Emergency hut in mountanous area in Sadagoashima

This is also where you have the option to make the 5 minutes detour to the picturesque Donden Pond (ドンデン池). You can also hike up to the emergency hut (ドンデン避難小屋) in a few short minutes. You will eventually have to hike back to the original trail to continue the traverse route.

After this point, the trail gets a little narrower (but there are no sketchy sections) and, within 20 minutes, joins a paved road for around 300 meters. You leave the paved road and enter the forest again once you see the sign for Mount Kinpoku (金北). The trail soon becomes steeper and requires a 40 to 50 minutes climb until you reach Matone (アトネ).

Matone to Mount Kinpoku

The section between Matone and Mount Kinpoku, within a short 2 hours, makes you experience a mind-blowing diversity of the landscape scenery. There are narrow sections where you walk among thick bushes (luckily there are no bears on the island) that suddenly open to picturesque ridges featuring interesting rock formations. I did the hike on a sunny day. But the ridge section, which is relatively exposed, can get a little challenging in case of rain or windy weather. This is also the section where you may want to reach for your hiking poles.

The final section before Mount Kinpoku (1172-meters), the highest peak on Sadogashima, requires one final climbing push.

Mount Kinpoku, what a strange peak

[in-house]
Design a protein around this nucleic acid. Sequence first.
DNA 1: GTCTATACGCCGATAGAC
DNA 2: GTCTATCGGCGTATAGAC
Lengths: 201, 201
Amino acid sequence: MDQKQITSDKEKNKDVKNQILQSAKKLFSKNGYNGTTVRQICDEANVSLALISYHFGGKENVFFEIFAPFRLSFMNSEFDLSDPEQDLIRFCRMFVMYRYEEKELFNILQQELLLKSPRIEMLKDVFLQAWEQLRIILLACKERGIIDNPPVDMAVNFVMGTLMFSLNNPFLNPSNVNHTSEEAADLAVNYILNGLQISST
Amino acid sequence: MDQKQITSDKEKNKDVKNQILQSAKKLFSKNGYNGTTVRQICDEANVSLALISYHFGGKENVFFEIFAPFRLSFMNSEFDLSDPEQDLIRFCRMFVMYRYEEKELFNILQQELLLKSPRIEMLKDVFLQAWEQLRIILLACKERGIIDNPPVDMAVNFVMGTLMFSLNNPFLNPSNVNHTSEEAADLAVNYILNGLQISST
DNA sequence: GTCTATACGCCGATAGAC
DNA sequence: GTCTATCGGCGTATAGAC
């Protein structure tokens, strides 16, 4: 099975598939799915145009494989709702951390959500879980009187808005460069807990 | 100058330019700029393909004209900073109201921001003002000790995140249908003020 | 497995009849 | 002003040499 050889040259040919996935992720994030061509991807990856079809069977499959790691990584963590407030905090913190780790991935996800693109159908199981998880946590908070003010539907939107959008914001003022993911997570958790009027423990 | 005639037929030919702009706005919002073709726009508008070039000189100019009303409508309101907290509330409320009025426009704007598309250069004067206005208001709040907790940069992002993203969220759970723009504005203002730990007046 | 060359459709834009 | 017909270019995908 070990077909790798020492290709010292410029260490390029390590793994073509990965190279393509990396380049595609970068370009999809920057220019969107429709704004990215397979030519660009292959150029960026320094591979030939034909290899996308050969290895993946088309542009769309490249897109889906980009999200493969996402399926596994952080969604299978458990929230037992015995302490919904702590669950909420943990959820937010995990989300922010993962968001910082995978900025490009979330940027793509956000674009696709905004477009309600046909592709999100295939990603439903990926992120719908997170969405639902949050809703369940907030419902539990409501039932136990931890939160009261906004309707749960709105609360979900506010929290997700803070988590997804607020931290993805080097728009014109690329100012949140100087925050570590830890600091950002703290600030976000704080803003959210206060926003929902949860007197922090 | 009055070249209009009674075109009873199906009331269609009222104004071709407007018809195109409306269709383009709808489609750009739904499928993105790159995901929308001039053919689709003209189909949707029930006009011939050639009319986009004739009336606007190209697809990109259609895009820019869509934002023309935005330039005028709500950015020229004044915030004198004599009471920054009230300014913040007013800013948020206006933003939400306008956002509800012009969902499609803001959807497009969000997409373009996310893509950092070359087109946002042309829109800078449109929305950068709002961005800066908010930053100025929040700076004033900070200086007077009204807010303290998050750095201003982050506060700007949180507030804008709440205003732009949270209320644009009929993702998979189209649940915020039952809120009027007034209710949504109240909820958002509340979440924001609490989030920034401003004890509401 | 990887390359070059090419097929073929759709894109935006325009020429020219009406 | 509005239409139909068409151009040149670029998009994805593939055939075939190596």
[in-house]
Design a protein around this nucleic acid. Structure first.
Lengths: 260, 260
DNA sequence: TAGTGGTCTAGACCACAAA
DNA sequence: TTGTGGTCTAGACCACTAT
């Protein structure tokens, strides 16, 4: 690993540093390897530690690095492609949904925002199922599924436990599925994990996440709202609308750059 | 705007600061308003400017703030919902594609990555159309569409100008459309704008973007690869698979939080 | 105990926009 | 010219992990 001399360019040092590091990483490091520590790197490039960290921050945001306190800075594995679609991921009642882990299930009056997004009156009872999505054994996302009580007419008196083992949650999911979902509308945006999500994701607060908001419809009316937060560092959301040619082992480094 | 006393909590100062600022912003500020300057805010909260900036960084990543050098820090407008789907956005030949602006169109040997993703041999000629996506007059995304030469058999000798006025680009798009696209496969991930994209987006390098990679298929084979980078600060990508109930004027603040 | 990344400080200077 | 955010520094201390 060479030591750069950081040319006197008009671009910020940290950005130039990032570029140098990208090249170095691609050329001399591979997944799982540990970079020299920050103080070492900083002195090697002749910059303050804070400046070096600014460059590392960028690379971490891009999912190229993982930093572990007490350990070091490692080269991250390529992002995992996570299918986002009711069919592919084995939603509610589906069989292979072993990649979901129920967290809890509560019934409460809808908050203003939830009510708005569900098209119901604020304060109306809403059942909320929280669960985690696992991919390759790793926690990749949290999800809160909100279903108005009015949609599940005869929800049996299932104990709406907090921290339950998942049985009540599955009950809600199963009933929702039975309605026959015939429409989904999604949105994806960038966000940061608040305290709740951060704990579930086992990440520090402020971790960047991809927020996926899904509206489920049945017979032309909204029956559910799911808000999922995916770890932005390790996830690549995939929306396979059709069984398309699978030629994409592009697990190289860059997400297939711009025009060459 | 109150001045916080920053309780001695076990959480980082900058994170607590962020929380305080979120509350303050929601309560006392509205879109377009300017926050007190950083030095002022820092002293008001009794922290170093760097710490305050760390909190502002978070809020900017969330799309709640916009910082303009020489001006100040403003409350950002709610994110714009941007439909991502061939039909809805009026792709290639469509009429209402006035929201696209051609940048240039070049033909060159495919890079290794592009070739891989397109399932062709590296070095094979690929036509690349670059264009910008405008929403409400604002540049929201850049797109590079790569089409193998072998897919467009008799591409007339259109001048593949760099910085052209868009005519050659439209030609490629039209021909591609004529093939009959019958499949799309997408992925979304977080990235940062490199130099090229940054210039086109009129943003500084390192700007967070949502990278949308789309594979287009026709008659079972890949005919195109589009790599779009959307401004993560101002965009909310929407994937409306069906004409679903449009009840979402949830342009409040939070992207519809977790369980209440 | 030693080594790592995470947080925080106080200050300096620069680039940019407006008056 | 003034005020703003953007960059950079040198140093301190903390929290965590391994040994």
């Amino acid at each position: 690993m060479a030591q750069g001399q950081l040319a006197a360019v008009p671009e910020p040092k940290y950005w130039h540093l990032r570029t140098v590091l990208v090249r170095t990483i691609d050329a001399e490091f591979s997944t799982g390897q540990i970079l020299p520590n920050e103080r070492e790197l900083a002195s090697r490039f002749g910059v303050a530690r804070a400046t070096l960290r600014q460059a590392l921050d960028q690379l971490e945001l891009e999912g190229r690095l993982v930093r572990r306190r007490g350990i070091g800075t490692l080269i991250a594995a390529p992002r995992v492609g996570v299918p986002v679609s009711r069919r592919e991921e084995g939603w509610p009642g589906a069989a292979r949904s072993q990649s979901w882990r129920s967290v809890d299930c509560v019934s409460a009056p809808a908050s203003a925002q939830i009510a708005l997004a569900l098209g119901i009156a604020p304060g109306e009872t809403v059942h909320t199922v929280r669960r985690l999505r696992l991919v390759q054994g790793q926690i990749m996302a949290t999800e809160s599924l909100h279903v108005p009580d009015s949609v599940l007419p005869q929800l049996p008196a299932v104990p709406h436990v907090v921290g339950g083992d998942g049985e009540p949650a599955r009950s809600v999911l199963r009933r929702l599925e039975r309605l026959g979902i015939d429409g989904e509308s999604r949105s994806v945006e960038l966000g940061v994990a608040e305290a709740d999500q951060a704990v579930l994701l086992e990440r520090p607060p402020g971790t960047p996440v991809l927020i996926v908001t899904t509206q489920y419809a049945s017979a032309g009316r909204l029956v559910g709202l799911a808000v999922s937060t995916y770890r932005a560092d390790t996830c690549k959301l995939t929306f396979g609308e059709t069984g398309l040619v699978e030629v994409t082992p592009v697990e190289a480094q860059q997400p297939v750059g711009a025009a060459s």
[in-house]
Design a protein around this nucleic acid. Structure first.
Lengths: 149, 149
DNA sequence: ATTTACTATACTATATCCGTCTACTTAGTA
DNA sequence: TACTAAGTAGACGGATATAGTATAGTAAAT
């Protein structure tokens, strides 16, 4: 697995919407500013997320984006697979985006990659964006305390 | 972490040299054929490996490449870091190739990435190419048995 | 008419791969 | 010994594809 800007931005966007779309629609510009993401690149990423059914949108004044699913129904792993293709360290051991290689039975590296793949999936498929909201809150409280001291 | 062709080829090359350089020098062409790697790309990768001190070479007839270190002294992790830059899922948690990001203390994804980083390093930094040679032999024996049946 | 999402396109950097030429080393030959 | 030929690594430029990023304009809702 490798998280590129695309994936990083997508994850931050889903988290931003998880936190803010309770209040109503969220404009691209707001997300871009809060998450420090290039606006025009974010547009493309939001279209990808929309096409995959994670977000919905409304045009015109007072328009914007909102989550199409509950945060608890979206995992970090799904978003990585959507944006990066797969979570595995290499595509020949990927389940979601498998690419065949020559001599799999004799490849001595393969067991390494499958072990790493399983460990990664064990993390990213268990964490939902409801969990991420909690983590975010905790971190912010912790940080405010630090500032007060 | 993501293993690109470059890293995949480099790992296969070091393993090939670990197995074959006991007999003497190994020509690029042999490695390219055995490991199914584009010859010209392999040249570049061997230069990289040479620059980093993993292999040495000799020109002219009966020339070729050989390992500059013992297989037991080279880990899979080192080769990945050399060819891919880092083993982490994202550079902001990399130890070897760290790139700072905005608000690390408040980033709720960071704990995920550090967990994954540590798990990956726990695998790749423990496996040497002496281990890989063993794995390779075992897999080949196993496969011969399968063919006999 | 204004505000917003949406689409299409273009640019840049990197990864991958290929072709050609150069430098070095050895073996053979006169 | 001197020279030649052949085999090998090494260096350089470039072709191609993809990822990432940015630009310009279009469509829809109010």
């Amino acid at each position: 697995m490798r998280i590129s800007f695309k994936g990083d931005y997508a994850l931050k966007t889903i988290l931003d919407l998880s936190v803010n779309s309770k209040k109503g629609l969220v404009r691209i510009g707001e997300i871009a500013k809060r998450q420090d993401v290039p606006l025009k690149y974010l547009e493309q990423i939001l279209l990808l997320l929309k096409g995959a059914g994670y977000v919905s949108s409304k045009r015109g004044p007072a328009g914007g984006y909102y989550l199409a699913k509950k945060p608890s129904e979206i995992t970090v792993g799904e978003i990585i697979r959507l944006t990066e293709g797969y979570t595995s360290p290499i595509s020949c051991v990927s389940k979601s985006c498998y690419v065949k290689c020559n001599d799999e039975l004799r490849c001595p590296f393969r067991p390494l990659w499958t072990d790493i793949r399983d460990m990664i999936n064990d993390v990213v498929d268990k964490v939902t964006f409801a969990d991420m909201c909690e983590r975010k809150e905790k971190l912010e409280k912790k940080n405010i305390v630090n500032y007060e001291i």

After all the beautiful and diverse scenery that I hiked through, Mount Kinpoku could, as the main goal of the hike (according to the official Sadogashima Island tourism site), feel easily very underwhelming – if it did not turn out to be one of the strangest mountain peaks that I have been to in Japan (or in the world honestly).

The peak is home to the modest Kinpokusan shrine (not unusual) sandwiched between two large and abandoned industrial buildings (again not unusual for Japan only if it was not a mountain peak).

The scenery that greeted me at the peak was so unexpected (not featured in the photos on the official tourism website for obvious reasons) that I for a moment thought that I had lost my way. But no, I was on the peak of Mount Kinpoku, the highest point of Sadogashima Island. Japan, in a good or bad way, you never cease to amaze me.

Hiking through “strange things”

Once I left Kinpoku Shrine and its industrial companions behind, things started getting even stranger. The final section of the Sadogashima island traverse trail follows a paved road operated by the Japan Self Defense Forces. The road is home to several radar stations that made the trail feel like a scene from a science fiction movie. There was also this retro vibe reminding me of the TV Show Stranger Things.

This final “strange” section that leads to the end point of the hike, the Hakkundai viewpoint, takes around 40 to 60 minutes. Hakkundai also serves as a rest stop where you can get ice cream and beverages.

Sadahoshima Island traverse hike, with all the landscape beauty and the strange terrain, reminded me of the unexpected joys of hiking in Japan – a country where the scenery may not be as perfect as in New Zealand, but is never short of surprises.